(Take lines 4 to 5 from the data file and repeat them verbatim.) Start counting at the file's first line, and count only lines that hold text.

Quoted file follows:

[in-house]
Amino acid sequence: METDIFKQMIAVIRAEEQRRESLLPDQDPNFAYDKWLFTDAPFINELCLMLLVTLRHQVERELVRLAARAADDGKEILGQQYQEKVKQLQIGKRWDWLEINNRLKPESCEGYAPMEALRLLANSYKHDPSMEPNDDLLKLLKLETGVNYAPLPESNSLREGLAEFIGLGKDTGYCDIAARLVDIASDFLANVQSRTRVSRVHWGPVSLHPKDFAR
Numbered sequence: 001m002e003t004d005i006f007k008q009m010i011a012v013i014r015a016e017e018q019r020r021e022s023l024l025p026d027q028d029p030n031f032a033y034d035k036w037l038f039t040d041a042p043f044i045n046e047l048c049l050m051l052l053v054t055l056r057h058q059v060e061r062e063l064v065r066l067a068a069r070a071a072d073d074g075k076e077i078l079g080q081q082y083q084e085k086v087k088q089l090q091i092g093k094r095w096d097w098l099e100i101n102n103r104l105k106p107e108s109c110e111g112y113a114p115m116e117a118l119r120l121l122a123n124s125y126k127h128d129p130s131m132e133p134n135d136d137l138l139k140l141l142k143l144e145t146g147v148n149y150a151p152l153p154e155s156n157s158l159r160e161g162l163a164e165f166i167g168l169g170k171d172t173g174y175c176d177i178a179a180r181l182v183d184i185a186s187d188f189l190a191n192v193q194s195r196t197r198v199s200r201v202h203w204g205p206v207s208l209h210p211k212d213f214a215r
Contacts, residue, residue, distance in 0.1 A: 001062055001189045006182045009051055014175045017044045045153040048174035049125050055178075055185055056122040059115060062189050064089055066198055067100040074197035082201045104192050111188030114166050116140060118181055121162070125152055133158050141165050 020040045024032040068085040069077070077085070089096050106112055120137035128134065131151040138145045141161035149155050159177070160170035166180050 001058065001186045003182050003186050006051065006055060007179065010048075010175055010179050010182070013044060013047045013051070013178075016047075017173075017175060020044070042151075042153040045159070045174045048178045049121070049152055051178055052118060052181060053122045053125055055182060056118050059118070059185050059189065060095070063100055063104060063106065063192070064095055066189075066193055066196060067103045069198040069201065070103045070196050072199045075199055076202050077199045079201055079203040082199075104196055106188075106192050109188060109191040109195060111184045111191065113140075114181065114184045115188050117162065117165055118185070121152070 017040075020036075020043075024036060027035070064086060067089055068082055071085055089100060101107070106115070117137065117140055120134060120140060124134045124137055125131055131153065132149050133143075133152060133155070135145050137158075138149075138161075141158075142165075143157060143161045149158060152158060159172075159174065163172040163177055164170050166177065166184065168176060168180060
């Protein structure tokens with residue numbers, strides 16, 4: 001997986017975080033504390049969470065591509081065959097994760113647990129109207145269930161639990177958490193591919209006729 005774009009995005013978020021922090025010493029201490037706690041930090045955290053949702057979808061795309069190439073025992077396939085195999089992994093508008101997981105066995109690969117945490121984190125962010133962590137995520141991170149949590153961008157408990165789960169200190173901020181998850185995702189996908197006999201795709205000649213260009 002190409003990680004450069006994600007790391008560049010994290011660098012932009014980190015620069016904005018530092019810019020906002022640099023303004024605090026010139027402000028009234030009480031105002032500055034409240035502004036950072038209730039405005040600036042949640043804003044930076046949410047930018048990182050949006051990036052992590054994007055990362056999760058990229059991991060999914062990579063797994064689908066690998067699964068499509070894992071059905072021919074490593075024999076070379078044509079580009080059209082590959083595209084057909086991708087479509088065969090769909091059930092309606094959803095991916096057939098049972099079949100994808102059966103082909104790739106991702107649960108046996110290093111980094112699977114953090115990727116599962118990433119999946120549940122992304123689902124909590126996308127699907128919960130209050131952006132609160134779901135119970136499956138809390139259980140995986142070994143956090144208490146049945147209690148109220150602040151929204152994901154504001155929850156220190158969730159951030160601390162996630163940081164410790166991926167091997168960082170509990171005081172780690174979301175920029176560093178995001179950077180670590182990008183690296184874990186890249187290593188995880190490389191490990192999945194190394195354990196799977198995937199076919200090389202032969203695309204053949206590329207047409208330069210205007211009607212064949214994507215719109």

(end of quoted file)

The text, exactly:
Contacts, residue, residue, distance in 0.1 A: 001062055001189045006182045009051055014175045017044045045153040048174035049125050055178075055185055056122040059115060062189050064089055066198055067100040074197035082201045104192050111188030114166050116140060118181055121162070125152055133158050141165050 020040045024032040068085040069077070077085070089096050106112055120137035128134065131151040138145045141161035149155050159177070160170035166180050 001058065001186045003182050003186050006051065006055060007179065010048075010175055010179050010182070013044060013047045013051070013178075016047075017173075017175060020044070042151075042153040045159070045174045048178045049121070049152055051178055052118060052181060053122045053125055055182060056118050059118070059185050059189065060095070063100055063104060063106065063192070064095055066189075066193055066196060067103045069198040069201065070103045070196050072199045075199055076202050077199045079201055079203040082199075104196055106188075106192050109188060109191040109195060111184045111191065113140075114181065114184045115188050117162065117165055118185070121152070 017040075020036075020043075024036060027035070064086060067089055068082055071085055089100060101107070106115070117137065117140055120134060120140060124134045124137055125131055131153065132149050133143075133152060133155070135145050137158075138149075138161075141158075142165075143157060143161045149158060152158060159172075159174065163172040163177055164170050166177065166184065168176060168180060
């Protein structure tokens with residue numbers, strides 16, 4: 001997986017975080033504390049969470065591509081065959097994760113647990129109207145269930161639990177958490193591919209006729 005774009009995005013978020021922090025010493029201490037706690041930090045955290053949702057979808061795309069190439073025992077396939085195999089992994093508008101997981105066995109690969117945490121984190125962010133962590137995520141991170149949590153961008157408990165789960169200190173901020181998850185995702189996908197006999201795709205000649213260009 002190409003990680004450069006994600007790391008560049010994290011660098012932009014980190015620069016904005018530092019810019020906002022640099023303004024605090026010139027402000028009234030009480031105002032500055034409240035502004036950072038209730039405005040600036042949640043804003044930076046949410047930018048990182050949006051990036052992590054994007055990362056999760058990229059991991060999914062990579063797994064689908066690998067699964068499509070894992071059905072021919074490593075024999076070379078044509079580009080059209082590959083595209084057909086991708087479509088065969090769909091059930092309606094959803095991916096057939098049972099079949100994808102059966103082909104790739106991702107649960108046996110290093111980094112699977114953090115990727116599962118990433119999946120549940122992304123689902124909590126996308127699907128919960130209050131952006132609160134779901135119970136499956138809390139259980140995986142070994143956090144208490146049945147209690148109220150602040151929204152994901154504001155929850156220190158969730159951030160601390162996630163940081164410790166991926167091997168960082170509990171005081172780690174979301175920029176560093178995001179950077180670590182990008183690296184874990186890249187290593188995880190490389191490990192999945194190394195354990196799977198995937199076919200090389202032969203695309204053949206590329207047409208330069210205007211009607212064949214994507215719109």